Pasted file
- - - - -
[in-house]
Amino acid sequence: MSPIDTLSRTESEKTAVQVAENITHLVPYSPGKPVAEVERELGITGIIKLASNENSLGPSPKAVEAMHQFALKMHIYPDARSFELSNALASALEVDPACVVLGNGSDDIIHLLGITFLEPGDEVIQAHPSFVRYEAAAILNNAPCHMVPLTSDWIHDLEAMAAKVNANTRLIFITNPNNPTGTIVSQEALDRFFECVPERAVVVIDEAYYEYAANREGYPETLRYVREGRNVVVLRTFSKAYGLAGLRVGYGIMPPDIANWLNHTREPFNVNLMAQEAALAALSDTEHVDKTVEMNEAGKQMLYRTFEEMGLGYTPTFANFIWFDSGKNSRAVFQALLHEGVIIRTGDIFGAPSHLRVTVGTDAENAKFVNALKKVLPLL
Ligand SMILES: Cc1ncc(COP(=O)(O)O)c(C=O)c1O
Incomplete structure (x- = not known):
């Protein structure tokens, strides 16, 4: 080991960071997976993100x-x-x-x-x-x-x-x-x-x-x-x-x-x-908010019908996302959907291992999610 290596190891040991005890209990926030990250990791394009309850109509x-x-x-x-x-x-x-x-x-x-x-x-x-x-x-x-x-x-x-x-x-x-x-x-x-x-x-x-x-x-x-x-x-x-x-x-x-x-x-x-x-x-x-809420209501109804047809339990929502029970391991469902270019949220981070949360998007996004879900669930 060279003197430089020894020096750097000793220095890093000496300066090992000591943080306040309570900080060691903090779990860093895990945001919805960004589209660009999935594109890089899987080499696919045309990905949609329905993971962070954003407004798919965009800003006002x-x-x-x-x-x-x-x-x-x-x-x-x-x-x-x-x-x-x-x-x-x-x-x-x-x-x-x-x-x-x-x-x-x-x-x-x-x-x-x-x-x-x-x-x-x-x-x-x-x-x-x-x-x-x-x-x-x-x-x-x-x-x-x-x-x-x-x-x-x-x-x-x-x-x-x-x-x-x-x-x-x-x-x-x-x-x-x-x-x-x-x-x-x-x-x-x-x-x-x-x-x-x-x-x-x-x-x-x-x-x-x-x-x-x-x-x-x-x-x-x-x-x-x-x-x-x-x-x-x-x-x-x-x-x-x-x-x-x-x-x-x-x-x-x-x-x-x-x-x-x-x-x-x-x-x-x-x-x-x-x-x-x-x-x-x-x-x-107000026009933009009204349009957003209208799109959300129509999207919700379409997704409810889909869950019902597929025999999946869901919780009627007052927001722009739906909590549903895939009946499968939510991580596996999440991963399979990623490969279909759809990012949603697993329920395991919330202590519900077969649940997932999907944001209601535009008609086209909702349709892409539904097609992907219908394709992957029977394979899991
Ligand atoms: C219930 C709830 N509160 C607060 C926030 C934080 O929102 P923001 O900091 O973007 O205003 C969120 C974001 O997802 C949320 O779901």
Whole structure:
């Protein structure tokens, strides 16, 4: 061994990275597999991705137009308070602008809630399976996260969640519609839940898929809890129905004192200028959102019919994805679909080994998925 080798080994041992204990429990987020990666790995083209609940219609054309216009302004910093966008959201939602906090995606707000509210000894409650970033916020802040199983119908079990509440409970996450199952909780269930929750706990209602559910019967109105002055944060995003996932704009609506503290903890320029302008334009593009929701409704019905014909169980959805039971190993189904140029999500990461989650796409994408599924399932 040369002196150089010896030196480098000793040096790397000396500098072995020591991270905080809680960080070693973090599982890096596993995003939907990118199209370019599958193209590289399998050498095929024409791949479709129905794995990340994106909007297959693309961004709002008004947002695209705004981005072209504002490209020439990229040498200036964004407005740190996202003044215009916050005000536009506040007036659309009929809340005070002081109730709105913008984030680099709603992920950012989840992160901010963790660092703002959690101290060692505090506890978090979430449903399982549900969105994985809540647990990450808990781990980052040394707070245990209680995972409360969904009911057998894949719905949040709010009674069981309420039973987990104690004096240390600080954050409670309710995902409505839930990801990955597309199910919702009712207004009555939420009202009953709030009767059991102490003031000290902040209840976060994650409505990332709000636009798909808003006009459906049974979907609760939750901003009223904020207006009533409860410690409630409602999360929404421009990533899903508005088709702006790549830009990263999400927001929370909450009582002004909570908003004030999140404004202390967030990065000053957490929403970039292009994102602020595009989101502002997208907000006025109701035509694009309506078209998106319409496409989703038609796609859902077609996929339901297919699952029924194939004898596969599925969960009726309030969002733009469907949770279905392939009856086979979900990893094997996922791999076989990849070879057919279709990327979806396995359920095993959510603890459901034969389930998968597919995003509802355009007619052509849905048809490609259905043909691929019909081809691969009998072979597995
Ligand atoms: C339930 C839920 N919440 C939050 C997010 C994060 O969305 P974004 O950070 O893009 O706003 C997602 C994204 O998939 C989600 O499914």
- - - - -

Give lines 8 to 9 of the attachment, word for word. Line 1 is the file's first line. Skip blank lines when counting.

């Protein structure tokens, strides 16, 4: 061994990275597999991705137009308070602008809630399976996260969640519609839940898929809890129905004192200028959102019919994805679909080994998925 080798080994041992204990429990987020990666790995083209609940219609054309216009302004910093966008959201939602906090995606707000509210000894409650970033916020802040199983119908079990509440409970996450199952909780269930929750706990209602559910019967109105002055944060995003996932704009609506503290903890320029302008334009593009929701409704019905014909169980959805039971190993189904140029999500990461989650796409994408599924399932 040369002196150089010896030196480098000793040096790397000396500098072995020591991270905080809680960080070693973090599982890096596993995003939907990118199209370019599958193209590289399998050498095929024409791949479709129905794995990340994106909007297959693309961004709002008004947002695209705004981005072209504002490209020439990229040498200036964004407005740190996202003044215009916050005000536009506040007036659309009929809340005070002081109730709105913008984030680099709603992920950012989840992160901010963790660092703002959690101290060692505090506890978090979430449903399982549900969105994985809540647990990450808990781990980052040394707070245990209680995972409360969904009911057998894949719905949040709010009674069981309420039973987990104690004096240390600080954050409670309710995902409505839930990801990955597309199910919702009712207004009555939420009202009953709030009767059991102490003031000290902040209840976060994650409505990332709000636009798909808003006009459906049974979907609760939750901003009223904020207006009533409860410690409630409602999360929404421009990533899903508005088709702006790549830009990263999400927001929370909450009582002004909570908003004030999140404004202390967030990065000053957490929403970039292009994102602020595009989101502002997208907000006025109701035509694009309506078209998106319409496409989703038609796609859902077609996929339901297919699952029924194939004898596969599925969960009726309030969002733009469907949770279905392939009856086979979900990893094997996922791999076989990849070879057919279709990327979806396995359920095993959510603890459901034969389930998968597919995003509802355009007619052509849905048809490609259905043909691929019909081809691969009998072979597995
Ligand atoms: C339930 C839920 N919440 C939050 C997010 C994060 O969305 P974004 O950070 O893009 O706003 C997602 C994204 O998939 C989600 O499914």